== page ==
My twin boys were born 13 weeks early and both weighed less than 2lb each. Due to their tiny weight, they were immediately taken to the neonatal intensive care unit to be ventilated.

There wasn’t any time for me to hold them, or even see them. As you can imagine, the whole experience was incredibly traumatic.

I had given birth and left the delivery room, but I had no babies to hold. At the same time, I was trying to deal with the feelings that I may have two very poorly babies, possibly even brain-damaged.

Struggling To Cope

This had a huge impact on trying to bond with my newborn twins. When I did eventually get to see them, they were both in incubators, covered head to toe with tubes and wires, with masks over their tiny faces. How could I possibly even think about trying to bond with them then?

Looking back, I don’t think I actually wanted to bond with them, just in case the worst was to happen and we lost them. I was also worried that they could be severely disabled.

After a week of them being in intensive care, I was finally able to hold my first-born twin.

However, he was so tiny and wrapped in so many layers of blankets that I couldn’t really feel him. He was still attached to all of the machinery as well, which made it a bit tricky.

I was then able to hold his twin brother a few days later. As the weeks went by and the boys got stronger, I was able to have skin-to-skin contact, where you hold your unclothed baby against your bare chest so that both you and your baby’s skin are in direct contact.

Although at first, it was only for a short length of time, it still felt very special.

The whole time they were out of their incubators I was so nervous as they would regularly ‘forget’ to breathe as their brains weren’t developed enough to remind them, so they would go blue in the face, needing to be resuscitated and put back into their incubators.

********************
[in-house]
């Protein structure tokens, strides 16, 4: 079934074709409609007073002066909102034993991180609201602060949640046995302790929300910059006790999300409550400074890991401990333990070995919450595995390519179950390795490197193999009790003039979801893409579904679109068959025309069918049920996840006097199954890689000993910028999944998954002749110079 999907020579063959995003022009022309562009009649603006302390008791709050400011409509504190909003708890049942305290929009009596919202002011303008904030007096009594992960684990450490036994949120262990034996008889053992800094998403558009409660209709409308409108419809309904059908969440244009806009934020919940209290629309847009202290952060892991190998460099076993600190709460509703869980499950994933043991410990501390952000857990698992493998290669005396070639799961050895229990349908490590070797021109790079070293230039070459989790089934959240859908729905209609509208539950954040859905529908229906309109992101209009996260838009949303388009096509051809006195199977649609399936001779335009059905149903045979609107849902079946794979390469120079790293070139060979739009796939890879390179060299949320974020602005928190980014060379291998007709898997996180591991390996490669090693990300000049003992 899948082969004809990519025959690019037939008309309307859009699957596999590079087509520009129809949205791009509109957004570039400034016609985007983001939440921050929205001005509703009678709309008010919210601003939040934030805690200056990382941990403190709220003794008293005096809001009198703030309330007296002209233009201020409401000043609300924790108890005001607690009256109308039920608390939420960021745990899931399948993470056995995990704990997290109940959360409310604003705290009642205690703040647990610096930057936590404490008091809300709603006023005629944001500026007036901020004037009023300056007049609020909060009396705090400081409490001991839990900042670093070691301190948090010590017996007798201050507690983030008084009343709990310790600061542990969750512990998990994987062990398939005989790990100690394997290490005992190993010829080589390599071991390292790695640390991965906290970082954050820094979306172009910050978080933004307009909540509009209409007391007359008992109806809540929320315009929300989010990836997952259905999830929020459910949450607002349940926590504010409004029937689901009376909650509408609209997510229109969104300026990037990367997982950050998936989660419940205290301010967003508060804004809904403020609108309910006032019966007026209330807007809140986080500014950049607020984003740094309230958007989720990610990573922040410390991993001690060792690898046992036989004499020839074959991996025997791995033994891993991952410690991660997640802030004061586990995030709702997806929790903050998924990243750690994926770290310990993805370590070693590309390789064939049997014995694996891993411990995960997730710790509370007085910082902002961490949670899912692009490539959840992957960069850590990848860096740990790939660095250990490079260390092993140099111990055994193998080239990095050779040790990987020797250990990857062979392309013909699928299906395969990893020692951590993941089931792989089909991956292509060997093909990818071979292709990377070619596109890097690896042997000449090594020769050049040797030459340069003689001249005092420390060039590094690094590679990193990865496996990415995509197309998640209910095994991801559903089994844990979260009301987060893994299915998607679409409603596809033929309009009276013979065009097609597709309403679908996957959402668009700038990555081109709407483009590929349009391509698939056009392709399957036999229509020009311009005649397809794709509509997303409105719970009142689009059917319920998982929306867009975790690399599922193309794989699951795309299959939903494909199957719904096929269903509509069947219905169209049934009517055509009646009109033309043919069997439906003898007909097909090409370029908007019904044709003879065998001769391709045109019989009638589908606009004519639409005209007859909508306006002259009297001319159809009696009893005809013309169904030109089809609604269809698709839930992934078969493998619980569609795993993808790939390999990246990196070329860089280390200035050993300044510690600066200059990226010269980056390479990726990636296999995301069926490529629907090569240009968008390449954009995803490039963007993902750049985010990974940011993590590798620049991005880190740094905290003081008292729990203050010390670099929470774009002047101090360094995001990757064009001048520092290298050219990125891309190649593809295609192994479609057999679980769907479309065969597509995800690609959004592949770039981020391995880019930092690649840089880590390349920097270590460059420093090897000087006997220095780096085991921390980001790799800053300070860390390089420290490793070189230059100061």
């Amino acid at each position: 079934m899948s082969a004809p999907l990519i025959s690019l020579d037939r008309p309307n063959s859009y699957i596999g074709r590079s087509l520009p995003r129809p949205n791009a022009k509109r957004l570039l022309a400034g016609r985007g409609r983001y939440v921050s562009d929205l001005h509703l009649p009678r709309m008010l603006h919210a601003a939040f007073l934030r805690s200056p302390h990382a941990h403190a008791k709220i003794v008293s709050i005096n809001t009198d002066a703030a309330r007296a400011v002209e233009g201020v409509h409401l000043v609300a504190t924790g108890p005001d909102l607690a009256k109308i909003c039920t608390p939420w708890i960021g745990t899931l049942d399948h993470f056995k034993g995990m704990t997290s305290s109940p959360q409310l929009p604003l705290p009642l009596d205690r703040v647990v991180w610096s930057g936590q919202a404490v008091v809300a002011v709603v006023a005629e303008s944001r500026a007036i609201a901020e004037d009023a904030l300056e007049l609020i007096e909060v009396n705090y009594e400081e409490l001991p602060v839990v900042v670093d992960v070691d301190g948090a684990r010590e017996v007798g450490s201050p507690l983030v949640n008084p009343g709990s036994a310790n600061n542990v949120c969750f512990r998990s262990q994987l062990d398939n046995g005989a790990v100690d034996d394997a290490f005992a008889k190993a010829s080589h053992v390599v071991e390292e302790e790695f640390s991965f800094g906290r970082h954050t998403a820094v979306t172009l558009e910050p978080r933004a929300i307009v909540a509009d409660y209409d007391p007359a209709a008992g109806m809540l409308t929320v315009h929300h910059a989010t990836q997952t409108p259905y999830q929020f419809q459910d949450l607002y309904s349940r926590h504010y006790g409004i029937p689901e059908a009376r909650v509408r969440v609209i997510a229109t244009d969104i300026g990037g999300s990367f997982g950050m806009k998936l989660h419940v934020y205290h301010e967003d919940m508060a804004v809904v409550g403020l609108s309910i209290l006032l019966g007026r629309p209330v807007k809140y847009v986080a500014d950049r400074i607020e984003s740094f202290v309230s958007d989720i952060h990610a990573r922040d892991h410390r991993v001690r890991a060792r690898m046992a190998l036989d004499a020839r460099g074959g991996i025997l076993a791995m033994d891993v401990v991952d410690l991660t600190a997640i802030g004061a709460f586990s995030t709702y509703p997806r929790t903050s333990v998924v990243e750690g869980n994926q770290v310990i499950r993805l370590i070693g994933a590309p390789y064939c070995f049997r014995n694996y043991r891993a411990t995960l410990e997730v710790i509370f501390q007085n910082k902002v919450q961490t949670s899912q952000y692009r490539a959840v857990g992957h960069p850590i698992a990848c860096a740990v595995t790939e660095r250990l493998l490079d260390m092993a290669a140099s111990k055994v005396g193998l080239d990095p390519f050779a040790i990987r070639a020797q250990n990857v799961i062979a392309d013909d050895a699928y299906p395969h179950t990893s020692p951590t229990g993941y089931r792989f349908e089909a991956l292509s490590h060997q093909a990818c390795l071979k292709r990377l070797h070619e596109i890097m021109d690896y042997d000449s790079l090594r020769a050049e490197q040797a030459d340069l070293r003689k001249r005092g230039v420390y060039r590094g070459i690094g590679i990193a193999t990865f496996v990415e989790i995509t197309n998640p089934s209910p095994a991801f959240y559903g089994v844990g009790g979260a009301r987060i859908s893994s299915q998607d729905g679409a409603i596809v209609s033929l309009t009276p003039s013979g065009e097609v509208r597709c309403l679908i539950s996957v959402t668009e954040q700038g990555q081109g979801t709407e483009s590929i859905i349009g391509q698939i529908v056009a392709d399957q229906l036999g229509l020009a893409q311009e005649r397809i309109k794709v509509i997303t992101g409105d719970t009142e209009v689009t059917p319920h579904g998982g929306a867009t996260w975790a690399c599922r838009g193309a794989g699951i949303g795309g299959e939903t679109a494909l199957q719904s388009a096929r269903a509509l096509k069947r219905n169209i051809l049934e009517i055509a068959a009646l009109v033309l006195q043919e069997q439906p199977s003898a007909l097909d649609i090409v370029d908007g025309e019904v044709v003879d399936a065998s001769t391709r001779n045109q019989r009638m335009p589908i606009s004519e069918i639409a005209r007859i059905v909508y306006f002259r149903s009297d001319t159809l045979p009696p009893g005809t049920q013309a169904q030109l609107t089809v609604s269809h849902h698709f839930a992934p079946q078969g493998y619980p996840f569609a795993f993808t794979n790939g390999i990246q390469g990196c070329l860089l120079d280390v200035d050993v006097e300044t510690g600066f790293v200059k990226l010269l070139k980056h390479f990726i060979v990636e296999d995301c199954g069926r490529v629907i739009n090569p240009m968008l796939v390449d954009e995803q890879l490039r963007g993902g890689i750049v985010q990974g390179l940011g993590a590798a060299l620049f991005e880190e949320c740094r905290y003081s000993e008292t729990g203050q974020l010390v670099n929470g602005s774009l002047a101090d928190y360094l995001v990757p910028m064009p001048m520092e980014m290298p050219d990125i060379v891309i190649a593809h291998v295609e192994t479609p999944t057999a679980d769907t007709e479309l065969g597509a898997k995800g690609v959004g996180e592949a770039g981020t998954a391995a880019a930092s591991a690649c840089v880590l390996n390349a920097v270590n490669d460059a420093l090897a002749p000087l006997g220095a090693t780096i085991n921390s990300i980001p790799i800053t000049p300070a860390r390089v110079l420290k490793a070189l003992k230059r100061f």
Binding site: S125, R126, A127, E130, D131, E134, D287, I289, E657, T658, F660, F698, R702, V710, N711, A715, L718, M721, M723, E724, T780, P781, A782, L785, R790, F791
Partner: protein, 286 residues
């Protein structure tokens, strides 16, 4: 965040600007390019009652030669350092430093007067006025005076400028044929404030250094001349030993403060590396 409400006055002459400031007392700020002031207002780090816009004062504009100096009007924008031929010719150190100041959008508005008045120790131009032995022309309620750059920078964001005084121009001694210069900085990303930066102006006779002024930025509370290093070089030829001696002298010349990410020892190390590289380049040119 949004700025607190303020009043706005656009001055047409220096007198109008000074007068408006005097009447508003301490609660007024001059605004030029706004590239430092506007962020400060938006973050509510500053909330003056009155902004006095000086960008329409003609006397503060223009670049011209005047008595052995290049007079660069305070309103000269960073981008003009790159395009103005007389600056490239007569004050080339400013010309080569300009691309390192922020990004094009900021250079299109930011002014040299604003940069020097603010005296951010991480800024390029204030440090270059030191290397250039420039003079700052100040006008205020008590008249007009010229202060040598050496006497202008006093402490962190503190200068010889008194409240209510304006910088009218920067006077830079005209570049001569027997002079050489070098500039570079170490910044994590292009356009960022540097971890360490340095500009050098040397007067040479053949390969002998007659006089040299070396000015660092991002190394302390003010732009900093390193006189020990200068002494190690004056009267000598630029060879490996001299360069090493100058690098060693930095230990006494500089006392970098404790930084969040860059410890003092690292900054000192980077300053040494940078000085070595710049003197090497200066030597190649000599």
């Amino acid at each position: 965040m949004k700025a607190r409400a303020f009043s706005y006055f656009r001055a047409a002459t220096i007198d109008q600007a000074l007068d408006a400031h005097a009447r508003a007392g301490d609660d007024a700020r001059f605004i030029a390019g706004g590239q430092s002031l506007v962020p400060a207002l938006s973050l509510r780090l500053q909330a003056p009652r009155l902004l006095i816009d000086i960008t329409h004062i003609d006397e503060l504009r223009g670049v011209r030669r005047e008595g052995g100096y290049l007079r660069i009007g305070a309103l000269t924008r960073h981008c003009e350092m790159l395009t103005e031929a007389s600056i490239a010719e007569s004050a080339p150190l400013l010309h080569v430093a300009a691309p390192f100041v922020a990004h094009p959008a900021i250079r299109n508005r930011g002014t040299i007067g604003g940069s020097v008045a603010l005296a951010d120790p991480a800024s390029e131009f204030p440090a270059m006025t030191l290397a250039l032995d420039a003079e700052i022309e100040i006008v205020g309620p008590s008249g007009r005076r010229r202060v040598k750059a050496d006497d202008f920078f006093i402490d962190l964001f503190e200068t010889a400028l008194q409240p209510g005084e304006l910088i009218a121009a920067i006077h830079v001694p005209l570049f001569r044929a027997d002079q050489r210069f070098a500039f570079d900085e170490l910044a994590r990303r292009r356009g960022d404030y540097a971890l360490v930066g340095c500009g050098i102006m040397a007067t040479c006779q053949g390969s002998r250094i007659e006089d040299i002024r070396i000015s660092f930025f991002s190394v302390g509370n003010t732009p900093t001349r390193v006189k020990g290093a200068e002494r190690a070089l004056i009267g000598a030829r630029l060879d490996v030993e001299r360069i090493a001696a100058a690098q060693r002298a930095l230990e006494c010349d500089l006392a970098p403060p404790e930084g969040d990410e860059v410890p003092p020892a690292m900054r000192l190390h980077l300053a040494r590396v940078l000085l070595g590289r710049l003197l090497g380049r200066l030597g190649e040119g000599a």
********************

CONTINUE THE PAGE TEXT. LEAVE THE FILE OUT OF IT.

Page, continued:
There were definitely some terrifying moments we had watching over them in neonatal intensive care.


When the boys came out of hospital we weren’t able to take them outside until they were a few pounds heavier.

So my husband and I spent lots of time cuddling the boys and letting them go to sleep on us after their evening bottle and generally having lots of skin-to-skin time as we did in the hospital.

When they were a bit stronger, I used to walk miles with them and would regularly get stopped by people wanting to have a look in my huge pram only to see two tiny little babies.

People would say how beautiful they were and I would feel very proud.

I also went to new mums groups and joined a twins club as talking to other mums about my babies made me feel closer to them.

I still worry that the effects of the experience might have left my boys with slight learning or attention difficulties, although they are now both five years old and flourishing very well at school.

The Advice

My advice to other families who are going through a situation that is similar to mine is to get help and also to confide in your family and friends about what you’re going through.

At the time, I don’t think I ever admitted that I wasn’t bonding well with my twins. However, now I understand that it’s nothing to be ashamed of.